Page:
Classic daffodils are easy to recognize. They have a prominent trumpet surrounded by six petals. Double daffodils look completely different. They have at least one extra layer of petals and no sign of a trumpet!
With double daffodils, there is little difference between the perianth (petals) and the corona (trumpet). Both of these flower parts look like petals, though they may be different colors, textures or lengths.
Double daffodils come in many beautiful colors, including yellow, white, peach, pink and orange. Some popular varieties include: Delnashaugh, Cheerfulness, Tahiti, Double Smiles, White Lion, Golden Ducat, Sherborne, La Torch, Lingerie and Sweet Pomponette.
In some cases, such as Double Smiles, double daffodils are the intentional result of hybridizing. Others began as “sports,” which means they were naturally-occurring genetic variations. Golden Ducat, for example, was a sport of the legendary King Alfred daffodil. Growers cultivated that original double flower and then released it as a separate variety.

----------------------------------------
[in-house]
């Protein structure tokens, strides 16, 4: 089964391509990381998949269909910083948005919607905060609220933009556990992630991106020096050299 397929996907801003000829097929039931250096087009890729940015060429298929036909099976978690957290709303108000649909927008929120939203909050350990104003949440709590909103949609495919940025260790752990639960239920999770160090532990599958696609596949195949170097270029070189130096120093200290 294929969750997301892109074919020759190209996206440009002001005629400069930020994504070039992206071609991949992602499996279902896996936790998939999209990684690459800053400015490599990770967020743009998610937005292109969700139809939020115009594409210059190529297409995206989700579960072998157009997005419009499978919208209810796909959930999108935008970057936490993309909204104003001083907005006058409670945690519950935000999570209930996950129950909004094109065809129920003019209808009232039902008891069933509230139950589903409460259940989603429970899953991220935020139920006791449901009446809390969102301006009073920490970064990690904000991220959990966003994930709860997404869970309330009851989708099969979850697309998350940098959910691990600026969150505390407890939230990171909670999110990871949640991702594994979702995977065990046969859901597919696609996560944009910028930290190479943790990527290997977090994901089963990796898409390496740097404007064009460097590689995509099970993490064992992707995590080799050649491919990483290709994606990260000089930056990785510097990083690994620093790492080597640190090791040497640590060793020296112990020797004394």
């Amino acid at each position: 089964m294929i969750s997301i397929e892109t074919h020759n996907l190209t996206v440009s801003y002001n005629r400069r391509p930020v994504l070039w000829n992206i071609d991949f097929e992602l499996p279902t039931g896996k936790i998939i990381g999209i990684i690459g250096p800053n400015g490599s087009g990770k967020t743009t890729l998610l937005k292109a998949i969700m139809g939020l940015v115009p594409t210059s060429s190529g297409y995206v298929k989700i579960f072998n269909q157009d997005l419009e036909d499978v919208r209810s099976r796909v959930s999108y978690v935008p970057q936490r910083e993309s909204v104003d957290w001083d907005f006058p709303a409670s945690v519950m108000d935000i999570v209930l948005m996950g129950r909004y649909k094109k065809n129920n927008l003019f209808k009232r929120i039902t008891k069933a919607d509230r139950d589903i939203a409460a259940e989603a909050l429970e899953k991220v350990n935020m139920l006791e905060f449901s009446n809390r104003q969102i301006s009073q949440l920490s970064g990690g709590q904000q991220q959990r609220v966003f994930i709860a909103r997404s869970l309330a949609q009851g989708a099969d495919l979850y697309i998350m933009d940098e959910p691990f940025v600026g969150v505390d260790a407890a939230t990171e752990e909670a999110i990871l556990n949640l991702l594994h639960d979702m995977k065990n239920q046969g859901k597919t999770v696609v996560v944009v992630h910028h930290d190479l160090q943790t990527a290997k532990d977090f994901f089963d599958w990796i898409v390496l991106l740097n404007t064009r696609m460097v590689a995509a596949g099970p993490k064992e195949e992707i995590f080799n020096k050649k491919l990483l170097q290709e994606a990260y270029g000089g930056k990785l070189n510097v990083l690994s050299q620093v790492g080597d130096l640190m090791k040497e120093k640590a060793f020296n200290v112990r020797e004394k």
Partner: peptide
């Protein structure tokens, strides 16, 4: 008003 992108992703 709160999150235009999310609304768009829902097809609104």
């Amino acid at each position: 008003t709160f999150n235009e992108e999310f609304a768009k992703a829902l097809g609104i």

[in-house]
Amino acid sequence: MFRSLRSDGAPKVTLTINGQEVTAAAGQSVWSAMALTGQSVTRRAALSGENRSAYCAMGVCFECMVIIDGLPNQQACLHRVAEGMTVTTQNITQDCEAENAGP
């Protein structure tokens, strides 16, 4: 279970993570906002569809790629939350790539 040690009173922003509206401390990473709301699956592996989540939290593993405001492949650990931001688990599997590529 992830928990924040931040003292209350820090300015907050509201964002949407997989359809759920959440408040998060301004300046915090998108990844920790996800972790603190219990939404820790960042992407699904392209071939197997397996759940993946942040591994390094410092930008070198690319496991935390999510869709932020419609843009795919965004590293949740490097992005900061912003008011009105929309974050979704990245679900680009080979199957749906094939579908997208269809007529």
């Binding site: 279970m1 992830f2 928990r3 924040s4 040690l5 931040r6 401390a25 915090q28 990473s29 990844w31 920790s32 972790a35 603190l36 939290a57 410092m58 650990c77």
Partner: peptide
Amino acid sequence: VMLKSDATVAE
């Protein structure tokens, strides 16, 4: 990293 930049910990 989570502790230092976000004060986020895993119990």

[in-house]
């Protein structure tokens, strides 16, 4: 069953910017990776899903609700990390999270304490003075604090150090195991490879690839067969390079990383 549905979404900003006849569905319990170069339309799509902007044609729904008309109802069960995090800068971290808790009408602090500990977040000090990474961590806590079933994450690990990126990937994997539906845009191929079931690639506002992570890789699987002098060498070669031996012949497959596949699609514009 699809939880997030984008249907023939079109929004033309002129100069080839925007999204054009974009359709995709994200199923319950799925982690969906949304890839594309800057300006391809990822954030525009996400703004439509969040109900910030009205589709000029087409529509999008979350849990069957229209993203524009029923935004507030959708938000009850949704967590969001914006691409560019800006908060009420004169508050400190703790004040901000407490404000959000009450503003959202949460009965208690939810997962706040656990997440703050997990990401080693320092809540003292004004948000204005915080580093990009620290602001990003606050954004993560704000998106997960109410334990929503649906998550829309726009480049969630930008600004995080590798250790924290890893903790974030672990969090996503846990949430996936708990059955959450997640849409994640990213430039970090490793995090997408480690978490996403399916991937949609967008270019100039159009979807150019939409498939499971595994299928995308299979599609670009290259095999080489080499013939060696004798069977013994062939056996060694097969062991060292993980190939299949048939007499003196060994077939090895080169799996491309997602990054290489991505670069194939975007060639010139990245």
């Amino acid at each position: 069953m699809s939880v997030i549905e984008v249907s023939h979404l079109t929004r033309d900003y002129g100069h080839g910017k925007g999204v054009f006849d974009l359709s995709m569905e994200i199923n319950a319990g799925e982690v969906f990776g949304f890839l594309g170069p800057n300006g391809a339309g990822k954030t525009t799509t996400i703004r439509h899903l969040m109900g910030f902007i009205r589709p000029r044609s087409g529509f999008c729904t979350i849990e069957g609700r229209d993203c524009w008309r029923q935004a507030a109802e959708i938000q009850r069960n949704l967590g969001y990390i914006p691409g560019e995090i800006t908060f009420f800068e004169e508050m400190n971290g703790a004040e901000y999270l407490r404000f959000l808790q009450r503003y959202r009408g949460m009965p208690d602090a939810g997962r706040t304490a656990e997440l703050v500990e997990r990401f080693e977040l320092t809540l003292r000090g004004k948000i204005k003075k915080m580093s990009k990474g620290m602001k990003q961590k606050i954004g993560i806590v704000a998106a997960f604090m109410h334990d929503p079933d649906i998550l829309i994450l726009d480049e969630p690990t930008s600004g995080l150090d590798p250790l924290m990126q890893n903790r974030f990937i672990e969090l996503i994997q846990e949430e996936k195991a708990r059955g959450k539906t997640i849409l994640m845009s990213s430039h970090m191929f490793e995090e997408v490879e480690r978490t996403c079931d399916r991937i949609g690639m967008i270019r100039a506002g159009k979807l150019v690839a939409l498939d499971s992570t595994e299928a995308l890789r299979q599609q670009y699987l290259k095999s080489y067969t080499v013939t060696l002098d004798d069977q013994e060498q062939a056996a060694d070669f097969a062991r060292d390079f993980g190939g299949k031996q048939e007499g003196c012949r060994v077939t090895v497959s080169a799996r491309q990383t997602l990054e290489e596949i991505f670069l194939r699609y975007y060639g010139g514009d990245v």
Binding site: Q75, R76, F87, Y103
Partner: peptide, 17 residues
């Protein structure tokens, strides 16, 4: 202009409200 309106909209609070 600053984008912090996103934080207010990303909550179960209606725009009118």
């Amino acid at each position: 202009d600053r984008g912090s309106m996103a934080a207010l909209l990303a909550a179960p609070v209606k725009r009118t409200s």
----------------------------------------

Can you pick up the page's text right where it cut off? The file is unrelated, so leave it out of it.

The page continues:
Tips for Using Double Daffodils in Your Garden
Regular daffodils look great planted in large numbers. Double daffodils are usually planted in smaller groups. This lets you see and appreciate the beauty of each flower up close.
Double daffodils have only one real enemy: rain. In this respect they are similar to peonies. When the blossoms get water-logged, they get very heavy and can break. Consider planting doubles in a slightly protected location, or stick with varieties that are known for their strong stems, such as Cheerfulness, Sherborne, La Torch, Lingerie and Tahiti.
Most doubles bloom in the second half of the daffodil season. This means they are more heat tolerant than early-blooming varieties, making them good choices for warm climates. Some of these varieties include Golden Ducat, Tahiti, White Lion and Cheerfulness.
Double daffodils are often fragrant, so consider planting the bulbs near a patio or walkway where you can enjoy their perfume. The rose-like flowers also look gorgeous in a vase. If you have a cutting garden, an assortment of double daffodils will give you lots of options for spring arrangements.
If you are cutting daffodils for an indoor arrangement, remember to condition the stems before combining them with other types of flowers. This seals off the sap that can cause other flowers to wilt. Cut the stems to length and let them sit on their own in a vase of cool water for at least 6 hours. Do not recut the stems before arranging them.
Ready to consider adding some double daffodils to your garden? You’ll find our complete selection HERE.